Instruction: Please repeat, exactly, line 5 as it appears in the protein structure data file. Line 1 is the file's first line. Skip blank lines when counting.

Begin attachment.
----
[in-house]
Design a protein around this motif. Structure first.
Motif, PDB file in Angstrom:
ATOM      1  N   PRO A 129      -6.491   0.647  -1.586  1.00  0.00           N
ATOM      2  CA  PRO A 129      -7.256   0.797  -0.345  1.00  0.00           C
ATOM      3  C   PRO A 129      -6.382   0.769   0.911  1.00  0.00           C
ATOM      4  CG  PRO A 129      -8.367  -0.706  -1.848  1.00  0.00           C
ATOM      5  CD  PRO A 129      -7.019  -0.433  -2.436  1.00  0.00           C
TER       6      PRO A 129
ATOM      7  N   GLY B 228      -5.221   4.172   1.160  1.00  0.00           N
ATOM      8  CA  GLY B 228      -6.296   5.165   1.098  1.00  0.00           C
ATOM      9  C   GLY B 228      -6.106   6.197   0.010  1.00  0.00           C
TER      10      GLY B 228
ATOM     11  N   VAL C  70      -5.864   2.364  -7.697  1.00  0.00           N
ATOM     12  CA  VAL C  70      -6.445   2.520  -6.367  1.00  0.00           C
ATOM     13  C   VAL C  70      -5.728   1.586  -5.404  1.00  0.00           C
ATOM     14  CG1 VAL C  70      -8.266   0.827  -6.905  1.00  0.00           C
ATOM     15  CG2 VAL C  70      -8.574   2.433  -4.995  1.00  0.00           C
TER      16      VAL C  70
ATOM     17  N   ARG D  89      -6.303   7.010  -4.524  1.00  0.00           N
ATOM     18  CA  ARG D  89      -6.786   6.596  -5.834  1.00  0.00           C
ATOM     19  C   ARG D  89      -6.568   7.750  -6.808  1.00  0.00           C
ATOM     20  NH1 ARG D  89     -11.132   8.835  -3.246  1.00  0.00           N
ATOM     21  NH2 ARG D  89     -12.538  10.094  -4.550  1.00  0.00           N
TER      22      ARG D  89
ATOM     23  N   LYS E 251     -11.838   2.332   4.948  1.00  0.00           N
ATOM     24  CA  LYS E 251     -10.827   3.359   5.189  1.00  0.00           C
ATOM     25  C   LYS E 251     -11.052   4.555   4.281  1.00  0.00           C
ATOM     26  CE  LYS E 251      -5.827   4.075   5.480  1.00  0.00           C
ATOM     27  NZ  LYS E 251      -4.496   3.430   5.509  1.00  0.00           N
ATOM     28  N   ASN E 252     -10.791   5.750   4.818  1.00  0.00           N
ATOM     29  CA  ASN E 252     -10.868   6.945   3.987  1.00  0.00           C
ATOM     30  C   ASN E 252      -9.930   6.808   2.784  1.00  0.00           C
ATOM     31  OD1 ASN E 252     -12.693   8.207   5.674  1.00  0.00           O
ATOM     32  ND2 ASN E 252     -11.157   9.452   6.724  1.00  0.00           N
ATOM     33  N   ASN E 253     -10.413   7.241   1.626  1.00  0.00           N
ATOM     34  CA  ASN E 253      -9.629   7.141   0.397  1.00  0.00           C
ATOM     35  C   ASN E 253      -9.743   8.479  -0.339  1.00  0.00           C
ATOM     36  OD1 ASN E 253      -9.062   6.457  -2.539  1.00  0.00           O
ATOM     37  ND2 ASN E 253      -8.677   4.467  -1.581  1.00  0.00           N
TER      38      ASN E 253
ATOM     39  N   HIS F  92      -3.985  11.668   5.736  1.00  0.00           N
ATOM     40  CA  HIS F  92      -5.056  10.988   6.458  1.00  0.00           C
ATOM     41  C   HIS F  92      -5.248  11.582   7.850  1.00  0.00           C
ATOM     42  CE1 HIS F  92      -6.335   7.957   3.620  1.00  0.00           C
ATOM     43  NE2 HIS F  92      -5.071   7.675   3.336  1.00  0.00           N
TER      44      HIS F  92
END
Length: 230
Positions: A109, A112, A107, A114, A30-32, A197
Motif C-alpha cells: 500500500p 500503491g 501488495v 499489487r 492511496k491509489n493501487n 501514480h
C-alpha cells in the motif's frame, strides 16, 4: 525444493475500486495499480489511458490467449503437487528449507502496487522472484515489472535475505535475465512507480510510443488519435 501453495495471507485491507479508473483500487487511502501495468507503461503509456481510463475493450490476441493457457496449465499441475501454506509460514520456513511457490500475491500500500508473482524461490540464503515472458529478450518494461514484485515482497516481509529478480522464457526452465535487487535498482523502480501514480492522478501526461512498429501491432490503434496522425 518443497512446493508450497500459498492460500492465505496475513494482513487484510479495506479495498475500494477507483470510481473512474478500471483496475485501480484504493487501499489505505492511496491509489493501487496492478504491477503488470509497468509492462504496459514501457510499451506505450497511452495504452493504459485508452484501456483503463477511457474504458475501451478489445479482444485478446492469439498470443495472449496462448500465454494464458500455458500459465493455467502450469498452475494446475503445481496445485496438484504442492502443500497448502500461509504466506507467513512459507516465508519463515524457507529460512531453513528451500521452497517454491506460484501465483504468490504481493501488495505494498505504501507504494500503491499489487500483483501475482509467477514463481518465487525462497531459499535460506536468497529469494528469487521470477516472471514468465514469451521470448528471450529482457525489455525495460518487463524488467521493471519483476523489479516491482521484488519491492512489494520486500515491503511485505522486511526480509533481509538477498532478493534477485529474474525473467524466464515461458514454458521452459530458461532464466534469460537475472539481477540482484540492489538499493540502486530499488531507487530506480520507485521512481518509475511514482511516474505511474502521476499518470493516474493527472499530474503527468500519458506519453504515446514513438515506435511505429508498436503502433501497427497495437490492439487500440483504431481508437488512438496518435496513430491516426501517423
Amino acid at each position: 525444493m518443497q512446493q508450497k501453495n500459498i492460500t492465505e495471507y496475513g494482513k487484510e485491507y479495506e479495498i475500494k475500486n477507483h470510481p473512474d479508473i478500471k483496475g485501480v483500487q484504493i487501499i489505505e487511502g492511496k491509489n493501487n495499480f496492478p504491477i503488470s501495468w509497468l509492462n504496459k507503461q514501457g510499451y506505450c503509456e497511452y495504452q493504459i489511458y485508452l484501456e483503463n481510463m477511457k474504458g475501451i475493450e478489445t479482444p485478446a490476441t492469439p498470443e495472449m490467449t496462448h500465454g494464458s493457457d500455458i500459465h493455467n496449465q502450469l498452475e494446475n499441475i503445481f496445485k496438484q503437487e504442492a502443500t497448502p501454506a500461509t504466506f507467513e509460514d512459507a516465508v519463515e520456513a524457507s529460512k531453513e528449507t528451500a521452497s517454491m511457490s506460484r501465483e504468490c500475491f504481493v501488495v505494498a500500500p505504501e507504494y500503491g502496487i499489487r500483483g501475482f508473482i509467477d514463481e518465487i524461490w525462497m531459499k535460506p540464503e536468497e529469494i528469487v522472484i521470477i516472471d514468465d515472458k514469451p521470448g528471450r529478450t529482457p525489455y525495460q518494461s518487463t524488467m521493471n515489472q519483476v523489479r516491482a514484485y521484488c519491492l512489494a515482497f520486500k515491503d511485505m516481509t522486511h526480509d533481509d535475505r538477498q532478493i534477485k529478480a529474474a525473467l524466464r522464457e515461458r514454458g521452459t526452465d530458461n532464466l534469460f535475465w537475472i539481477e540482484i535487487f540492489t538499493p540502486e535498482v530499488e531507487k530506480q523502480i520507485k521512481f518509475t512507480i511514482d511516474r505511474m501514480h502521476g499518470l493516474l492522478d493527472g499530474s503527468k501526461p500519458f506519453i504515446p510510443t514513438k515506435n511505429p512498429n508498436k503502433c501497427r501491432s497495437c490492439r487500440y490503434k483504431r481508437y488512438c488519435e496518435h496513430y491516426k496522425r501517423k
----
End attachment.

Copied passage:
ATOM      2  CA  PRO A 129      -7.256   0.797  -0.345  1.00  0.00           C